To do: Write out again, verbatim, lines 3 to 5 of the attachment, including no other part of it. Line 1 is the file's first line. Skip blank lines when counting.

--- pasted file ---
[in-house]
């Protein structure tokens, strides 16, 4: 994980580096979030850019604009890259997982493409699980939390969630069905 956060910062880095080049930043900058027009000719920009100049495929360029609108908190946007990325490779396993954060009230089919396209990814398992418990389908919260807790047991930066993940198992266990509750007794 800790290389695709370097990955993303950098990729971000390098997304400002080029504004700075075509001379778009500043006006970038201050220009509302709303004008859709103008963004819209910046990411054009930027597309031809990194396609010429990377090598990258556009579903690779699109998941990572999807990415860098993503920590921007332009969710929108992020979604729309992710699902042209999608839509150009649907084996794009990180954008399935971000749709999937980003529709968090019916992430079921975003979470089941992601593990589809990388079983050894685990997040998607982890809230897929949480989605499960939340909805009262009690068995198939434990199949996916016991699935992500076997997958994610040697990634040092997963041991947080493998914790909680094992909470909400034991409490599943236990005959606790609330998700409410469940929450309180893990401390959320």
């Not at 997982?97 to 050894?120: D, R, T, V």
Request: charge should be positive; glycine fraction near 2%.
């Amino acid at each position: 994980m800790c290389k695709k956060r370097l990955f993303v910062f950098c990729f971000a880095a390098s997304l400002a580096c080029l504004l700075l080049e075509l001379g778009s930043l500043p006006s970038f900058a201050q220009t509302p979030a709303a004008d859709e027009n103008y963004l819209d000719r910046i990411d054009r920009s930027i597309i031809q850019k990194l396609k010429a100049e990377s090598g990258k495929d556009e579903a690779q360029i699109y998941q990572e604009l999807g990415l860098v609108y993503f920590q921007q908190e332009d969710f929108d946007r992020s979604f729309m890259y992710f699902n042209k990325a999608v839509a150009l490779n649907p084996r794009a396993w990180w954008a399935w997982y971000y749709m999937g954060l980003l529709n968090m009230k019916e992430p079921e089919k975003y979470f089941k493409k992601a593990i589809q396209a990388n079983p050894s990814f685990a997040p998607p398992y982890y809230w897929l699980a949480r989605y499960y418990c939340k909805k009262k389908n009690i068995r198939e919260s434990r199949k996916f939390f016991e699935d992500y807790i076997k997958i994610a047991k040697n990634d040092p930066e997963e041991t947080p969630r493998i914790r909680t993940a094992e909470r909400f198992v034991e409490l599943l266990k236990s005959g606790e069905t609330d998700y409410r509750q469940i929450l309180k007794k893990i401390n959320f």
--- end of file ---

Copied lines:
């Not at 997982?97 to 050894?120: D, R, T, V």
Request: charge should be positive; glycine fraction near 2%.
């Amino acid at each position: 994980m800790c290389k695709k956060r370097l990955f993303v910062f950098c990729f971000a880095a390098s997304l400002a580096c080029l504004l700075l080049e075509l001379g778009s930043l500043p006006s970038f900058a201050q220009t509302p979030a709303a004008d859709e027009n103008y963004l819209d000719r910046i990411d054009r920009s930027i597309i031809q850019k990194l396609k010429a100049e990377s090598g990258k495929d556009e579903a690779q360029i699109y998941q990572e604009l999807g990415l860098v609108y993503f920590q921007q908190e332009d969710f929108d946007r992020s979604f729309m890259y992710f699902n042209k990325a999608v839509a150009l490779n649907p084996r794009a396993w990180w954008a399935w997982y971000y749709m999937g954060l980003l529709n968090m009230k019916e992430p079921e089919k975003y979470f089941k493409k992601a593990i589809q396209a990388n079983p050894s990814f685990a997040p998607p398992y982890y809230w897929l699980a949480r989605y499960y418990c939340k909805k009262k389908n009690i068995r198939e919260s434990r199949k996916f939390f016991e699935d992500y807790i076997k997958i994610a047991k040697n990634d040092p930066e997963e041991t947080p969630r493998i914790r909680t993940a094992e909470r909400f198992v034991e409490l599943l266990k236990s005959g606790e069905t609330d998700y409410r509750q469940i929450l309180k007794k893990i401390n959320f």